HOUSTON—”What the owner of a planned hospital or clinic needs is a project manager,” says Peter Stojkovic, Transwestern‘s managing director of project services. But why is that important, and is there enough need to validate the expense?
Stojkovic looks at the issue in this exclusive commentary for GlobeSt.com. The views expressed are the author’s own.
Developing a hospital, diagnostic laboratory or other healthcare facility involves stringent building standards and an array of overlapping regulations. But the reality is, few hospital systems retain builders on staff. Moreover, few builders deal exclusively in the medical field and understand the patient outcome and regulatory performance goals that caregivers must meet in the completed facility.
What the owner of a planned hospital or clinic needs is a project manager, a trusted advisor who brings to the team a deep understanding of current best practices in both the building and healthcare sectors. Whether this cross-industry expert is on staff or a third-party partner, the project manager’s role is to add value on several fronts while representing the owner.
On time… Wasted time is the bane of every building project, from a residential addition to a downtown skyscraper. When foul weather, zoning or permitting delays, building supply back-orders or any number of other difficulties occur, owners who haven’t made plans to deal with those contingencies may see work slow or grind to a halt.
In the healthcare industry, delays can be especially costly. The services provided to patients at a large hospital can easily amount to $1 million or more per day. In that light, each week that a hospital project overruns its planned completion date represents substantial lost income.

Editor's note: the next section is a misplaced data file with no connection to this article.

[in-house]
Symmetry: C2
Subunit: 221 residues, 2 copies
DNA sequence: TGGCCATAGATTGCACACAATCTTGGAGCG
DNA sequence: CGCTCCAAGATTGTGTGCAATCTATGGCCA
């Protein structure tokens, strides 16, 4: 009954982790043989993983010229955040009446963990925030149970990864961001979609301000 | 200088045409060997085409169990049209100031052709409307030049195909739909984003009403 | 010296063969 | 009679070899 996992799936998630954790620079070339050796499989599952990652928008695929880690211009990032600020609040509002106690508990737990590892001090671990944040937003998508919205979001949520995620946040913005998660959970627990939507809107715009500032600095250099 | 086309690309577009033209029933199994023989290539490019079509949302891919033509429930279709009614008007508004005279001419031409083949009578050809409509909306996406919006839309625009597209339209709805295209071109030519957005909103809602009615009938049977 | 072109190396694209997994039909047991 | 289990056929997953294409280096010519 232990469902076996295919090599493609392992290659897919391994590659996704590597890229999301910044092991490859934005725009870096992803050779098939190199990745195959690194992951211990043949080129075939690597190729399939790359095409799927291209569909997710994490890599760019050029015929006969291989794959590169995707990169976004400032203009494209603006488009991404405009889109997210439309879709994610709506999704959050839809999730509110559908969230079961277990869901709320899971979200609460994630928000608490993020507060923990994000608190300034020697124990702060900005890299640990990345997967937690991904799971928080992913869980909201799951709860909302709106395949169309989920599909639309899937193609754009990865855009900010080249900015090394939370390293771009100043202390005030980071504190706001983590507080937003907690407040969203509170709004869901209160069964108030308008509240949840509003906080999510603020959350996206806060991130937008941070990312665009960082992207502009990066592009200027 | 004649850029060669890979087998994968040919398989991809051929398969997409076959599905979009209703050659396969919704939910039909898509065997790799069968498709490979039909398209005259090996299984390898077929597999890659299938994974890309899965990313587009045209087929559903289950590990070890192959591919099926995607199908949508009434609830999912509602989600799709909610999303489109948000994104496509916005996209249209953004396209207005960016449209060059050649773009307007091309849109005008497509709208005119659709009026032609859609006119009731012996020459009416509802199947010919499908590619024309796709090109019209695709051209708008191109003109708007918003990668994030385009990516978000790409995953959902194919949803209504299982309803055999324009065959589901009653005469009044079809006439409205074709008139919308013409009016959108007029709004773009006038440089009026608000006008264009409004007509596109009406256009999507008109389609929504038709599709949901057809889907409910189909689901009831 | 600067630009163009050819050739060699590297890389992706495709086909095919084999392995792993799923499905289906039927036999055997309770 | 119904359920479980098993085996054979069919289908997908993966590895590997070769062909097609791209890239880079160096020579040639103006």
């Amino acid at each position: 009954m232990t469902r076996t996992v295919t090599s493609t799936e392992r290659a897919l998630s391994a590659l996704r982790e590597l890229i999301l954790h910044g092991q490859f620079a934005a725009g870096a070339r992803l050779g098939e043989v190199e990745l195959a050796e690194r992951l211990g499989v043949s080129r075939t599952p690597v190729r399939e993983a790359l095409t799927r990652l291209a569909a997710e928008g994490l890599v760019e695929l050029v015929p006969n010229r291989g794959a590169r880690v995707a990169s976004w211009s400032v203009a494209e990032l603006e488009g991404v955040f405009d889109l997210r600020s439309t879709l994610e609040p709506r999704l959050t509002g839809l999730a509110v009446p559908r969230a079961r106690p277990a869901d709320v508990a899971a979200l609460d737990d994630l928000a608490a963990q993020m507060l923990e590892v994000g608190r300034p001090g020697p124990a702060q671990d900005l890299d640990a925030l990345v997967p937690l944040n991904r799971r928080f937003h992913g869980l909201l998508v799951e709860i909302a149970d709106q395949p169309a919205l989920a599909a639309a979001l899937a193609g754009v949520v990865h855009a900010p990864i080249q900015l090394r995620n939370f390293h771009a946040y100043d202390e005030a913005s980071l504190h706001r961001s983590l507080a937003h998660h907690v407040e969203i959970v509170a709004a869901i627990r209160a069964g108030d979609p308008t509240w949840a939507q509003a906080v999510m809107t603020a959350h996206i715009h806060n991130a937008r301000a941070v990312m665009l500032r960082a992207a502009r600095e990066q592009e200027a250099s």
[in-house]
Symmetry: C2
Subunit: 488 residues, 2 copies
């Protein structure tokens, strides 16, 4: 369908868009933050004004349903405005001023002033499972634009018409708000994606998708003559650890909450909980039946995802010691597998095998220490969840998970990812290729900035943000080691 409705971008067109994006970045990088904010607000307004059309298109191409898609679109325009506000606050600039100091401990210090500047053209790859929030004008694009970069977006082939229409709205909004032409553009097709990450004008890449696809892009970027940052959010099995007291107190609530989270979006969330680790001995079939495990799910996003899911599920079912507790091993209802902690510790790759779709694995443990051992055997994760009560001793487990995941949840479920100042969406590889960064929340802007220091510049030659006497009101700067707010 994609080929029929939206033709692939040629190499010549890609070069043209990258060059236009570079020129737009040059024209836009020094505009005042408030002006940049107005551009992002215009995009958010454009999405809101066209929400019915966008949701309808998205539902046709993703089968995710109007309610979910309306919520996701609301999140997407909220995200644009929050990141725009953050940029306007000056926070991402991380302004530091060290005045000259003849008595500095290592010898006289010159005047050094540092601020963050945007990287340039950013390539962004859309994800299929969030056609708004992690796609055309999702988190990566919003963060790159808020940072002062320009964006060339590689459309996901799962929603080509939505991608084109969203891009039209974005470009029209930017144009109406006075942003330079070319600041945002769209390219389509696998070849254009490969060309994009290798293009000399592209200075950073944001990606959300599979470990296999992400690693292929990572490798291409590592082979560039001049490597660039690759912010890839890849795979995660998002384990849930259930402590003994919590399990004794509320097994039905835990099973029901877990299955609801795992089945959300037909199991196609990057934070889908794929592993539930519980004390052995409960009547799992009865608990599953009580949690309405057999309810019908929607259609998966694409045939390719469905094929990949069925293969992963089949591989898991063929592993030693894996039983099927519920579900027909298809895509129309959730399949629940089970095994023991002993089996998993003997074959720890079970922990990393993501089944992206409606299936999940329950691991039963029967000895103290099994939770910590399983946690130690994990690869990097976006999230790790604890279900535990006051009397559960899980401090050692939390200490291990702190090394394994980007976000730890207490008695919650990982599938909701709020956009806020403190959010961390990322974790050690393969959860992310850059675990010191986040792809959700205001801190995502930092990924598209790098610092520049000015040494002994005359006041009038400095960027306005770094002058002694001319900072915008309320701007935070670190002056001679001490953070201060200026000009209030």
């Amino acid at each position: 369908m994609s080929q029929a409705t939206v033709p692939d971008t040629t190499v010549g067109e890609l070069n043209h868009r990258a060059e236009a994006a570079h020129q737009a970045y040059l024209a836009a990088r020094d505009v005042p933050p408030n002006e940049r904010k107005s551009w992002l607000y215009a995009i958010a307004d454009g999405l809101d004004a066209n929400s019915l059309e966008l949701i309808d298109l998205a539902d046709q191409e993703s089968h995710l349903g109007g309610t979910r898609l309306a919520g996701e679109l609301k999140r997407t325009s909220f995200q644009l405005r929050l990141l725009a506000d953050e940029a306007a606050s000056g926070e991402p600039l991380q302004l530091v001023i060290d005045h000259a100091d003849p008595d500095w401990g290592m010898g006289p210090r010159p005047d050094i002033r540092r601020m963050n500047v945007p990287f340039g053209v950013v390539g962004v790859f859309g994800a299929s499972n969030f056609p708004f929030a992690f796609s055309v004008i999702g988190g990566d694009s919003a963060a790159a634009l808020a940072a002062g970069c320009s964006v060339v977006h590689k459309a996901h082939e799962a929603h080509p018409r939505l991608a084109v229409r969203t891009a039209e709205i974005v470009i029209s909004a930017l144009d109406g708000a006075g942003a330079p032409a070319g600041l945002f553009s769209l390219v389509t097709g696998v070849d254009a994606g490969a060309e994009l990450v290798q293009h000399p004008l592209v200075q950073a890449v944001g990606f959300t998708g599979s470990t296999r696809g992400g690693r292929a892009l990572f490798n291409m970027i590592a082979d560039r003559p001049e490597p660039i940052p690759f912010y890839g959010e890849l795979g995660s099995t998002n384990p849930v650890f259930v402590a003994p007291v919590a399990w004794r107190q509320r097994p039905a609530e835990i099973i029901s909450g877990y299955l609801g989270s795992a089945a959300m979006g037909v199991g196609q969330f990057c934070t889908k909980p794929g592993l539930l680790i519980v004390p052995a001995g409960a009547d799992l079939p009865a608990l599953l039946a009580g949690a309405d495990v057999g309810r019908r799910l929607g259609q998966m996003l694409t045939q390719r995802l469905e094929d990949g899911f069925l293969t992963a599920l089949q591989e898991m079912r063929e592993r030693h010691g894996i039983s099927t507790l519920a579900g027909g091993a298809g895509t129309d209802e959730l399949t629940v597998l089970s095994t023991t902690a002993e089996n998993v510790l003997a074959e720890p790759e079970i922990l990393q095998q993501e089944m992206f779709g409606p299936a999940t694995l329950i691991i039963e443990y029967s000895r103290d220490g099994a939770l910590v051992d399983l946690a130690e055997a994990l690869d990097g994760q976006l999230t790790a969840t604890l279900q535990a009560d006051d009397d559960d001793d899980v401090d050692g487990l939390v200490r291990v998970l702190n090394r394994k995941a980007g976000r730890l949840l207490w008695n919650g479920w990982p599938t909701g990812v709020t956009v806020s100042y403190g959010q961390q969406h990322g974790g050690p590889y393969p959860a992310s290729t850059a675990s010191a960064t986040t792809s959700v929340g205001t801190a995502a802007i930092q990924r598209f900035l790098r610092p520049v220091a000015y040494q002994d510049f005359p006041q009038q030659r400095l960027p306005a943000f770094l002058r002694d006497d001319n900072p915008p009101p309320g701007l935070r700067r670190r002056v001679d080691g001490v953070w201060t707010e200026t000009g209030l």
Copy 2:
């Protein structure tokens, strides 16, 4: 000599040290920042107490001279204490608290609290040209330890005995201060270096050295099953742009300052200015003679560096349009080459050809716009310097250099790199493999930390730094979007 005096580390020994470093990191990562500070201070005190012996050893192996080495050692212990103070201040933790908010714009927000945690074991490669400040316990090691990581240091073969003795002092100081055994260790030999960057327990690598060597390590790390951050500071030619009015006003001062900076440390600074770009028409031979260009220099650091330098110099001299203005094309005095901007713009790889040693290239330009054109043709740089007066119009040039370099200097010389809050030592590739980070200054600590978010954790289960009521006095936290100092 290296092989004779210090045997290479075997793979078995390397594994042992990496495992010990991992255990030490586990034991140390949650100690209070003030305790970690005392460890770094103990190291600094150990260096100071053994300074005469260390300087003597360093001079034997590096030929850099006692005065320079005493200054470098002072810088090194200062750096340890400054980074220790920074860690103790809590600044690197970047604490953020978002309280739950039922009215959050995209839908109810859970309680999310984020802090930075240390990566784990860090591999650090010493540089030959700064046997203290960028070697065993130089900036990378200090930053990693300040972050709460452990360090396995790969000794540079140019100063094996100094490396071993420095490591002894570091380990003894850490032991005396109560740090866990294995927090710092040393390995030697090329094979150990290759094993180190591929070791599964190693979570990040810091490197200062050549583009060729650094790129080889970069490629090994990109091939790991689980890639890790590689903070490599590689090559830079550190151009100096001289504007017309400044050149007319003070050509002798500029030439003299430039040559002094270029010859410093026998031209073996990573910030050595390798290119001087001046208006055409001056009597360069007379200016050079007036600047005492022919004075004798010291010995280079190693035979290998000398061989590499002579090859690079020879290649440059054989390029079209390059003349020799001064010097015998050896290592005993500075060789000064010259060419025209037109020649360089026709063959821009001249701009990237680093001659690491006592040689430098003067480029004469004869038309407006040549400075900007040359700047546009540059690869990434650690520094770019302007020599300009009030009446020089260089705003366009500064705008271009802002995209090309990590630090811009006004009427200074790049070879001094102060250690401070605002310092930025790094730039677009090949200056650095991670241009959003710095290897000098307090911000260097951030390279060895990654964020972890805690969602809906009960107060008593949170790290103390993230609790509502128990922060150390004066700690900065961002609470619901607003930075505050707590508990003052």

The flip side of that reasoning suggests that shaving a few weeks off the four to five years required to build a typical hospital may enable the operator to generate millions of dollars in additional revenue, simply by moving up the opening date and starting to schedule and see patients sooner.
A project manager that has experience with medical properties will know the application process for approvals and the expected time required to complete each task throughout the various development phases. Communicating realistic expectations helps the client set and adhere to a workable budget and delivery schedule.
…and on budget. The project manager’s expertise enables the client to make informed decisions in selecting design elements and building materials, explaining the cost implications of various options. Hospital administrators need to know, for example, that the elevated standards in place for hospitals come with a higher price tag than for most other property types.
If the average cost to build conventional office space is $100 per square foot, hospital space in the same market may run $450 to $600 per square foot, while medical laboratory research space requires as much as $1,300 per square foot to construct. For example, a hospital bathroom renovation may cost $30,000 to $50,000, or three to four times the cost of renovating a residential bathroom.
Ensuring that the owner’s cost expectations reflect market realities also helps to keep the project on schedule as bills come due, preventing sticker shock and subsequent, time-consuming disputes with the contractor.
In addition to assisting with planning, budgeting and quarterbacking the development, the project manager is often a translator, conveying the hospital or healthcare organization’s needs to the project team and explaining progress and challenges in terms understandable to hospital decision makers.
When healthcare providers consider the potential costs of avoidable delays and unnecessary expenditures that plague many inexperienced property owners, many will deem a project manager to be a worthwhile investment.
Peter Stojkovic is Managing Director of project services at Transwestern. He can be reached at [email protected].